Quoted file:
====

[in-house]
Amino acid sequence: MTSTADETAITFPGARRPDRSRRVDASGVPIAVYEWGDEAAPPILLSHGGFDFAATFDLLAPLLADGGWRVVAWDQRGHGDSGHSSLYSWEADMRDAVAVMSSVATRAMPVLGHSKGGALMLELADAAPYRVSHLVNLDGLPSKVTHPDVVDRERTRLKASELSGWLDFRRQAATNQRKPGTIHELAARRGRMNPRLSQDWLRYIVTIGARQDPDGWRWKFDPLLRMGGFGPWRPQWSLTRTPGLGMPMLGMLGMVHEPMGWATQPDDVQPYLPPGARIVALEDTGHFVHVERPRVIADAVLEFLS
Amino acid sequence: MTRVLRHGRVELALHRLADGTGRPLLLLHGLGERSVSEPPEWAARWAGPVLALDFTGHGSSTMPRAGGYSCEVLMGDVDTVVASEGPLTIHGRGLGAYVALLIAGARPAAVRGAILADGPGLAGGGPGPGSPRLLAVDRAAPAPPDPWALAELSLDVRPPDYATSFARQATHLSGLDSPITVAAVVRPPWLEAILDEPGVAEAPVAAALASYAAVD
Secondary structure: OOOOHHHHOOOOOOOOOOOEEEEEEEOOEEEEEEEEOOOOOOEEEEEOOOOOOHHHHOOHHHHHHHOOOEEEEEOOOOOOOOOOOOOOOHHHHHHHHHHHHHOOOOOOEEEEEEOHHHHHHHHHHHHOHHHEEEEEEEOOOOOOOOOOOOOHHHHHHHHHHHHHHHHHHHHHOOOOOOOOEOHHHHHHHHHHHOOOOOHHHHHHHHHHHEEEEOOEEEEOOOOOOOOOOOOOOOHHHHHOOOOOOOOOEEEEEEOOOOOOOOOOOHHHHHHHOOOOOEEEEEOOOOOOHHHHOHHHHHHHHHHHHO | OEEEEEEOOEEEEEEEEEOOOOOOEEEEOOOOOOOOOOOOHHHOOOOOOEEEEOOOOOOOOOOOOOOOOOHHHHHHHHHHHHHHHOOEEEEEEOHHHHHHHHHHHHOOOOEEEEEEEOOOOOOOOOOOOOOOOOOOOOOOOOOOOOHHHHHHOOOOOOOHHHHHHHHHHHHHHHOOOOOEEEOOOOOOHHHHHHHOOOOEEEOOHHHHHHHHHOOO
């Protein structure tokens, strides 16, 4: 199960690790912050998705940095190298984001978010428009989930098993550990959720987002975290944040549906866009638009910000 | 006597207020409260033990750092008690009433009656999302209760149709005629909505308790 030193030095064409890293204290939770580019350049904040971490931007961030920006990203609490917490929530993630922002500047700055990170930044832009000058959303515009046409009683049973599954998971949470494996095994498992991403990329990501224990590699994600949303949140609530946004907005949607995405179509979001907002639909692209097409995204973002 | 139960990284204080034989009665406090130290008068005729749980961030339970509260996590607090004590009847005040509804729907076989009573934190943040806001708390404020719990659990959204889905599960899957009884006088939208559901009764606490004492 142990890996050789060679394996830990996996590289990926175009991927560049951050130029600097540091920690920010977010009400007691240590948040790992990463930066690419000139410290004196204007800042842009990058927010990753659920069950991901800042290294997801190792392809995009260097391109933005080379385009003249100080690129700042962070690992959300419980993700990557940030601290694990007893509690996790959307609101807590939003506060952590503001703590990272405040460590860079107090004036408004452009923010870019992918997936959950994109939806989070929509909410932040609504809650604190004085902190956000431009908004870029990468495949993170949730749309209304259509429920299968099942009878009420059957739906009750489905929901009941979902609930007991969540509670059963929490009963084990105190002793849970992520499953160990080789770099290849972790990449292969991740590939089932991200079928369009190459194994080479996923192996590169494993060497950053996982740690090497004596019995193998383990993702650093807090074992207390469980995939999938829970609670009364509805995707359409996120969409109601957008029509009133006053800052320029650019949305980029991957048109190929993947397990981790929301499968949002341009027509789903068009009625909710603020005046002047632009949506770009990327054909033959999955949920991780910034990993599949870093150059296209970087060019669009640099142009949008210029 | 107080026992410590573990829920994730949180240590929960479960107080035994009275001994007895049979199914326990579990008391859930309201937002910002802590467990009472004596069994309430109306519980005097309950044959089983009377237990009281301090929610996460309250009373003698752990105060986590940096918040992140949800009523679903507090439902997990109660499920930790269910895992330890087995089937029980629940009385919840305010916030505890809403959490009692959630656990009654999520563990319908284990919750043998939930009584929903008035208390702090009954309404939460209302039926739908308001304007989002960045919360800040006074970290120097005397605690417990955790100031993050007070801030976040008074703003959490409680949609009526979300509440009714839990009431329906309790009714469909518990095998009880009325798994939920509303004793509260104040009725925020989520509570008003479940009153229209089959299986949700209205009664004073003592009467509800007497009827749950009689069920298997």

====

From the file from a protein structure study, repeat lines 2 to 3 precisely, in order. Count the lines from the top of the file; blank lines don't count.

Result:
Amino acid sequence: MTSTADETAITFPGARRPDRSRRVDASGVPIAVYEWGDEAAPPILLSHGGFDFAATFDLLAPLLADGGWRVVAWDQRGHGDSGHSSLYSWEADMRDAVAVMSSVATRAMPVLGHSKGGALMLELADAAPYRVSHLVNLDGLPSKVTHPDVVDRERTRLKASELSGWLDFRRQAATNQRKPGTIHELAARRGRMNPRLSQDWLRYIVTIGARQDPDGWRWKFDPLLRMGGFGPWRPQWSLTRTPGLGMPMLGMLGMVHEPMGWATQPDDVQPYLPPGARIVALEDTGHFVHVERPRVIADAVLEFLS
Amino acid sequence: MTRVLRHGRVELALHRLADGTGRPLLLLHGLGERSVSEPPEWAARWAGPVLALDFTGHGSSTMPRAGGYSCEVLMGDVDTVVASEGPLTIHGRGLGAYVALLIAGARPAAVRGAILADGPGLAGGGPGPGSPRLLAVDRAAPAPPDPWALAELSLDVRPPDYATSFARQATHLSGLDSPITVAAVVRPPWLEAILDEPGVAEAPVAAALASYAAVD